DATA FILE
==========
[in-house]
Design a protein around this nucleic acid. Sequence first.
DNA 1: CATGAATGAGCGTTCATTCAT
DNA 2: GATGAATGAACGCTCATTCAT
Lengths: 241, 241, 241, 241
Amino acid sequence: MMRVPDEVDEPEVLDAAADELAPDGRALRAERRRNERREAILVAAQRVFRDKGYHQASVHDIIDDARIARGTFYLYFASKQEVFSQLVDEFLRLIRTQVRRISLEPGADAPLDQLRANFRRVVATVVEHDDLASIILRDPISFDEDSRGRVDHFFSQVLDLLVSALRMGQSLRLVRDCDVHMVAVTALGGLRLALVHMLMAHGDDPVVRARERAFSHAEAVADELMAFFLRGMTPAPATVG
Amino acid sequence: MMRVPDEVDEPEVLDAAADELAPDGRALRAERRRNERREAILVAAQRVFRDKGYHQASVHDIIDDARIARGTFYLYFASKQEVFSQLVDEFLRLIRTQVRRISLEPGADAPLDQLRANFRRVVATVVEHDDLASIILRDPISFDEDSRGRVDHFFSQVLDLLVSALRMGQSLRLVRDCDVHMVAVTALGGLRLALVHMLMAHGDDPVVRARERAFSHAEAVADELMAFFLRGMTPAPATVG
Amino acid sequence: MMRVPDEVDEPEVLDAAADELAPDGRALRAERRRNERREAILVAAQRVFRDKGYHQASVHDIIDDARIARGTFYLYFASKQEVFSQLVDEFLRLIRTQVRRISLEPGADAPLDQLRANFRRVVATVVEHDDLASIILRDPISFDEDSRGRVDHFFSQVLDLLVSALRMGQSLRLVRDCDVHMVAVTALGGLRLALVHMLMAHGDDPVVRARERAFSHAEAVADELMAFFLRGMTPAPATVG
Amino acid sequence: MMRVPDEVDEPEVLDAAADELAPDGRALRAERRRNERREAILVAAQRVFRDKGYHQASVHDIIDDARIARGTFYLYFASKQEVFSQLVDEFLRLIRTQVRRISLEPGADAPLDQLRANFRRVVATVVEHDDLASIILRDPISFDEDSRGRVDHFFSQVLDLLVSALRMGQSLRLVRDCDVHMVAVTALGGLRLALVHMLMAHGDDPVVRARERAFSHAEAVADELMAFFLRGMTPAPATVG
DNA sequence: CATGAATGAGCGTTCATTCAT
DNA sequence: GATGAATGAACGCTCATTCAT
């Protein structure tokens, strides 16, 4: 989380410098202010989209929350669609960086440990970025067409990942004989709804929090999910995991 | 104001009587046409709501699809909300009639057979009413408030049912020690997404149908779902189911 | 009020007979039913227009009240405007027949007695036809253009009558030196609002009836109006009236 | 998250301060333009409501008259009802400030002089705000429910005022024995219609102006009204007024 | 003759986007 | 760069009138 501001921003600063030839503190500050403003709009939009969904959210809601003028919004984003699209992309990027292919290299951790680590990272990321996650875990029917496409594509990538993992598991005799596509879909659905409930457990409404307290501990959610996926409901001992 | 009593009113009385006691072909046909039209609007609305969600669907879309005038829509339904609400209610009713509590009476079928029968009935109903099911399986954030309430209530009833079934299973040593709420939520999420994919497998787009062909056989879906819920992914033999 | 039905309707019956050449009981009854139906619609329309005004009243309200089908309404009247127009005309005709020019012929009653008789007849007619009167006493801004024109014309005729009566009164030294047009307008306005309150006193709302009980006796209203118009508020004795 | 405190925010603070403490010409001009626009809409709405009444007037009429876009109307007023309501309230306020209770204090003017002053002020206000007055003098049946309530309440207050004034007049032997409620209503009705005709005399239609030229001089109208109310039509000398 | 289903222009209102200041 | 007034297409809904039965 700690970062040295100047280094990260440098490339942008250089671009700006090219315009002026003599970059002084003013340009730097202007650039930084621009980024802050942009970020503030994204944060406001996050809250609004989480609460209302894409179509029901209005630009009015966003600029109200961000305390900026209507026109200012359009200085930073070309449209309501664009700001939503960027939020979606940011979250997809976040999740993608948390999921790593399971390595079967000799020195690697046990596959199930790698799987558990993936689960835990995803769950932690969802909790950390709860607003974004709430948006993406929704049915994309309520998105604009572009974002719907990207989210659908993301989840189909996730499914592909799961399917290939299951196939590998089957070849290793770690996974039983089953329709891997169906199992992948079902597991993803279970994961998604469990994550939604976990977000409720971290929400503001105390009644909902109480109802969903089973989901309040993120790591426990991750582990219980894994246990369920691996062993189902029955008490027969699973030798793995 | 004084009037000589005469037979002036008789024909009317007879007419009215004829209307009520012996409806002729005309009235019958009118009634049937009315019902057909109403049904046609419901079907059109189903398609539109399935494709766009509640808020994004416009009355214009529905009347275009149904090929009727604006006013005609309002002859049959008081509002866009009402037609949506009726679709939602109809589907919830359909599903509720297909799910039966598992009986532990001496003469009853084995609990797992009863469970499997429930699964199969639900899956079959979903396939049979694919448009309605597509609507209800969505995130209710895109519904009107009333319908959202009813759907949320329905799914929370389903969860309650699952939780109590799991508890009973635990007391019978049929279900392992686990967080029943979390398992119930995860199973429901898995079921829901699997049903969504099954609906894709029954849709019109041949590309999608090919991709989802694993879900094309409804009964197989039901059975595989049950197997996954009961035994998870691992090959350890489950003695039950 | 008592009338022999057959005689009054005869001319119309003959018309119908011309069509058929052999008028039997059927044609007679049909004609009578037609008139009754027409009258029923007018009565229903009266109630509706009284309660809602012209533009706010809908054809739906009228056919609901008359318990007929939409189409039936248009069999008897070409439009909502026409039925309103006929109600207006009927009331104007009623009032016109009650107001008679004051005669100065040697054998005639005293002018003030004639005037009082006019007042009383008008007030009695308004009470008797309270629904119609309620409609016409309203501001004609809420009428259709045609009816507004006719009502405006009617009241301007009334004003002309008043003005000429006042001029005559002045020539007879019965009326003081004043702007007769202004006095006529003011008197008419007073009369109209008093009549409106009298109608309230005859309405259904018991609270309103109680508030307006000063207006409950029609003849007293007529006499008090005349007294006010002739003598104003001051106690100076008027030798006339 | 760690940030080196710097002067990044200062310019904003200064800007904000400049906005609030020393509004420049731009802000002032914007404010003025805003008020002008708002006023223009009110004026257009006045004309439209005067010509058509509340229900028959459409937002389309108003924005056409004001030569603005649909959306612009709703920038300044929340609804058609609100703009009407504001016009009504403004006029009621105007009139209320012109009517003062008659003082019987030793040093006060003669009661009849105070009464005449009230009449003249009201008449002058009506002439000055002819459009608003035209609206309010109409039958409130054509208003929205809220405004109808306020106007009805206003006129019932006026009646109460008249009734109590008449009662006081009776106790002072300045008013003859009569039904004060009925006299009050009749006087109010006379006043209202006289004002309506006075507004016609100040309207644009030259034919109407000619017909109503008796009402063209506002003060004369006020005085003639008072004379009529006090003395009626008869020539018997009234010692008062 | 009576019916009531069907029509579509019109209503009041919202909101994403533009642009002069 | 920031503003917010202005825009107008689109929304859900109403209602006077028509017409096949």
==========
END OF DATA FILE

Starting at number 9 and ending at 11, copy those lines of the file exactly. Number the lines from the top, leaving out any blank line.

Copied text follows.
Amino acid sequence: MMRVPDEVDEPEVLDAAADELAPDGRALRAERRRNERREAILVAAQRVFRDKGYHQASVHDIIDDARIARGTFYLYFASKQEVFSQLVDEFLRLIRTQVRRISLEPGADAPLDQLRANFRRVVATVVEHDDLASIILRDPISFDEDSRGRVDHFFSQVLDLLVSALRMGQSLRLVRDCDVHMVAVTALGGLRLALVHMLMAHGDDPVVRARERAFSHAEAVADELMAFFLRGMTPAPATVG
DNA sequence: CATGAATGAGCGTTCATTCAT
DNA sequence: GATGAATGAACGCTCATTCAT